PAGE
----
When a patient having a heart attack arrives in the emergency department (ED), the clock is ticking. And the clock keeps ticking faster and faster.
The American Heart Association (AHA) recommends that patients suffering heart attacks receive artery-clearing therapy as soon as possible. One option is balloon angioplasties within 90 minutes of arriving at the ED. Previously, the AHA recommendation for this procedure, called “door-to-balloon,” was 120 minutes. The association tightened the standard to save more lives.
Angioplasty is a procedure in which a tiny balloon is threaded into a narrowed heart artery and inflated to reopen blood flow. It is considered to be the most effective method of restoring blood flow to the heart.
Washington University emergency physicians and cardiologists continually look for ways to do even better than the recommended time it takes to diagnose patients arriving in the ED, activate its cardiac treatment team and initiate angioplasty procedures.
“There is a critical window when treating heart attack patients,” says Douglas M. Char, MD, associate professor of emergency medicine. “We know that patients who get treatment within this time period suffer less heart damage and have better outcomes.”
Some of the new measures ED physicians have taken include having paramedics at the scene fax or call in electrocardiogram results from the patient to the hospital. Within minutes, ED physicians activate the full angioplasty team.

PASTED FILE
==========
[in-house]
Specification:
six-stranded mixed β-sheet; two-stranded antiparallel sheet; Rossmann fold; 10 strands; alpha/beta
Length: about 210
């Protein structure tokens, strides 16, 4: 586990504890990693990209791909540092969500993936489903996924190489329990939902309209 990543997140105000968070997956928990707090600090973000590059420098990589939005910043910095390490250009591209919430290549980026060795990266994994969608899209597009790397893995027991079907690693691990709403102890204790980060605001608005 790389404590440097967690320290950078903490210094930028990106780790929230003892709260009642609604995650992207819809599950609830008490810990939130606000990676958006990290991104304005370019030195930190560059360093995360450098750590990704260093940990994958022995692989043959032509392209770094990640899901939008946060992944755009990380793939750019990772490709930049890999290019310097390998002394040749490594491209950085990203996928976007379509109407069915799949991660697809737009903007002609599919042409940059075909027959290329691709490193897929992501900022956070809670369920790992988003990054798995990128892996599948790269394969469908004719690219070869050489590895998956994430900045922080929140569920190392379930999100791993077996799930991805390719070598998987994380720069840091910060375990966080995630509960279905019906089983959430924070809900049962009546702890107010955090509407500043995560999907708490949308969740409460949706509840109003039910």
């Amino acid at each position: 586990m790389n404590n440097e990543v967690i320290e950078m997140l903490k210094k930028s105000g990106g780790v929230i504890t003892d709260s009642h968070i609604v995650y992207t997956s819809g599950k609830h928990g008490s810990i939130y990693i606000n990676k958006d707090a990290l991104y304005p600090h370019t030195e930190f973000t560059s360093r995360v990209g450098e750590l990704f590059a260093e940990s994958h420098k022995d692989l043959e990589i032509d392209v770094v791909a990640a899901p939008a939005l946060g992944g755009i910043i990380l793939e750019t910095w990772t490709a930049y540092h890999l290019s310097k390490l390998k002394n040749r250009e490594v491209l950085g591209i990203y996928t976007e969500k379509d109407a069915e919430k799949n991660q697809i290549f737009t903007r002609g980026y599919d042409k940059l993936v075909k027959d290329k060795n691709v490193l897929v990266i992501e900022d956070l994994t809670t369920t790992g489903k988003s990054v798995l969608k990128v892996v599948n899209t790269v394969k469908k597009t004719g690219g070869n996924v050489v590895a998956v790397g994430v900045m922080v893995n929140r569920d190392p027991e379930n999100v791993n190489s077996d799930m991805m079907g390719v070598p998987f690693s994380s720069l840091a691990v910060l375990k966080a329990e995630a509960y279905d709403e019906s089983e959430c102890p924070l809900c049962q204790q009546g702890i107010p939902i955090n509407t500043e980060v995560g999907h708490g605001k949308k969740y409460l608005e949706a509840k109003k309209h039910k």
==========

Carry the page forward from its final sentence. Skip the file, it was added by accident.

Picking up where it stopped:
To reduce “door-to-balloon” time even more, the catheterization laboratory has moved from Queeny Tower to one floor above the ED.
Additionally, ED physicians conducted time-motion studies to find other ways to speed up the process. The hallway to the cath lab elevator was reconfigured to shave minutes off the treatment time.
The American Heart Association awarded the hospital the Gold performance certificate in 2009 for emergency cardiac care.
“This is the result of cooperative efforts of the emergency department, the cardiac cath lab and the cardiac intensive care unit,” Char says.
The team that cares for patients with heart attacks in the ED meets monthly to review cases and find new ways to hasten the care heart attack patients receive.
“The 90-minute benchmark must be met, whether it’s Christmas Day or any other day,” Char says.